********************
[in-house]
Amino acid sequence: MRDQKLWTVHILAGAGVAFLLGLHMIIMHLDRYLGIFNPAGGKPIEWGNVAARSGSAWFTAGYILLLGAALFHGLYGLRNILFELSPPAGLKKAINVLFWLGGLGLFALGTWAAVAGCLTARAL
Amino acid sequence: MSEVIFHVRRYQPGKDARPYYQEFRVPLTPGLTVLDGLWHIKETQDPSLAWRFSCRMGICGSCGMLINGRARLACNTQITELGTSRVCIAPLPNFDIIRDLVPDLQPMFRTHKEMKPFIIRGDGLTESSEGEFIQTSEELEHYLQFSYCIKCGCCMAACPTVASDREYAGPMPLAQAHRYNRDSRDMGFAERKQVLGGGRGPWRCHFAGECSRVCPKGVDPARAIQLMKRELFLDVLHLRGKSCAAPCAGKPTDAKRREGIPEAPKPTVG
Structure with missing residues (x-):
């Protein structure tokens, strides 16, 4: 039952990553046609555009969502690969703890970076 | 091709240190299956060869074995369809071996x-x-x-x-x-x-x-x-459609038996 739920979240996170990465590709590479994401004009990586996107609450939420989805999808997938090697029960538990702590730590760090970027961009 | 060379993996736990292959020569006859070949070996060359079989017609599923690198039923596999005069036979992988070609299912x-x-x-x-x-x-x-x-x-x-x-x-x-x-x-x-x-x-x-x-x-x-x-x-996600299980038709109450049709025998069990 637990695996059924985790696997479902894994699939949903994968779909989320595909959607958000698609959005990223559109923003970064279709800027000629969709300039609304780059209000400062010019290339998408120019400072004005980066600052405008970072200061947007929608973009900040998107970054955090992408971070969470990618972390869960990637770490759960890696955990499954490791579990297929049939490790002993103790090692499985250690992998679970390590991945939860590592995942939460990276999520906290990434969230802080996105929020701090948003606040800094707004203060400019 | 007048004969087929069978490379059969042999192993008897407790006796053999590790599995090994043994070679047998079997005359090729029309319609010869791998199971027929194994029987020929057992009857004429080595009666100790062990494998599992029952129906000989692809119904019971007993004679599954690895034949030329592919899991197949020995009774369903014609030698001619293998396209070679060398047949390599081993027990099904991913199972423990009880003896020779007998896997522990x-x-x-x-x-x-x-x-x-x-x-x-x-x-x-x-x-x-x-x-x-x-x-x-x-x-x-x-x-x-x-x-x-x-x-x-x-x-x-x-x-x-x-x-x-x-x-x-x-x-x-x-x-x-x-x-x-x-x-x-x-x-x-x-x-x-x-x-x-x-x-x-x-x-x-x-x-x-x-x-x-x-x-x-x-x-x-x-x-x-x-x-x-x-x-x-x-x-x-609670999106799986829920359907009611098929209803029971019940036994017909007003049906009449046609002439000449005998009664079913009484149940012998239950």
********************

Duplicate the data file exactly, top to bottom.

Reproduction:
[in-house]
Amino acid sequence: MRDQKLWTVHILAGAGVAFLLGLHMIIMHLDRYLGIFNPAGGKPIEWGNVAARSGSAWFTAGYILLLGAALFHGLYGLRNILFELSPPAGLKKAINVLFWLGGLGLFALGTWAAVAGCLTARAL
Amino acid sequence: MSEVIFHVRRYQPGKDARPYYQEFRVPLTPGLTVLDGLWHIKETQDPSLAWRFSCRMGICGSCGMLINGRARLACNTQITELGTSRVCIAPLPNFDIIRDLVPDLQPMFRTHKEMKPFIIRGDGLTESSEGEFIQTSEELEHYLQFSYCIKCGCCMAACPTVASDREYAGPMPLAQAHRYNRDSRDMGFAERKQVLGGGRGPWRCHFAGECSRVCPKGVDPARAIQLMKRELFLDVLHLRGKSCAAPCAGKPTDAKRREGIPEAPKPTVG
Structure with missing residues (x-):
């Protein structure tokens, strides 16, 4: 039952990553046609555009969502690969703890970076 | 091709240190299956060869074995369809071996x-x-x-x-x-x-x-x-459609038996 739920979240996170990465590709590479994401004009990586996107609450939420989805999808997938090697029960538990702590730590760090970027961009 | 060379993996736990292959020569006859070949070996060359079989017609599923690198039923596999005069036979992988070609299912x-x-x-x-x-x-x-x-x-x-x-x-x-x-x-x-x-x-x-x-x-x-x-x-996600299980038709109450049709025998069990 637990695996059924985790696997479902894994699939949903994968779909989320595909959607958000698609959005990223559109923003970064279709800027000629969709300039609304780059209000400062010019290339998408120019400072004005980066600052405008970072200061947007929608973009900040998107970054955090992408971070969470990618972390869960990637770490759960890696955990499954490791579990297929049939490790002993103790090692499985250690992998679970390590991945939860590592995942939460990276999520906290990434969230802080996105929020701090948003606040800094707004203060400019 | 007048004969087929069978490379059969042999192993008897407790006796053999590790599995090994043994070679047998079997005359090729029309319609010869791998199971027929194994029987020929057992009857004429080595009666100790062990494998599992029952129906000989692809119904019971007993004679599954690895034949030329592919899991197949020995009774369903014609030698001619293998396209070679060398047949390599081993027990099904991913199972423990009880003896020779007998896997522990x-x-x-x-x-x-x-x-x-x-x-x-x-x-x-x-x-x-x-x-x-x-x-x-x-x-x-x-x-x-x-x-x-x-x-x-x-x-x-x-x-x-x-x-x-x-x-x-x-x-x-x-x-x-x-x-x-x-x-x-x-x-x-x-x-x-x-x-x-x-x-x-x-x-x-x-x-x-x-x-x-x-x-x-x-x-x-x-x-x-x-x-x-x-x-x-x-x-x-609670999106799986829920359907009611098929209803029971019940036994017909007003049906009449046609002439000449005998009664079913009484149940012998239950």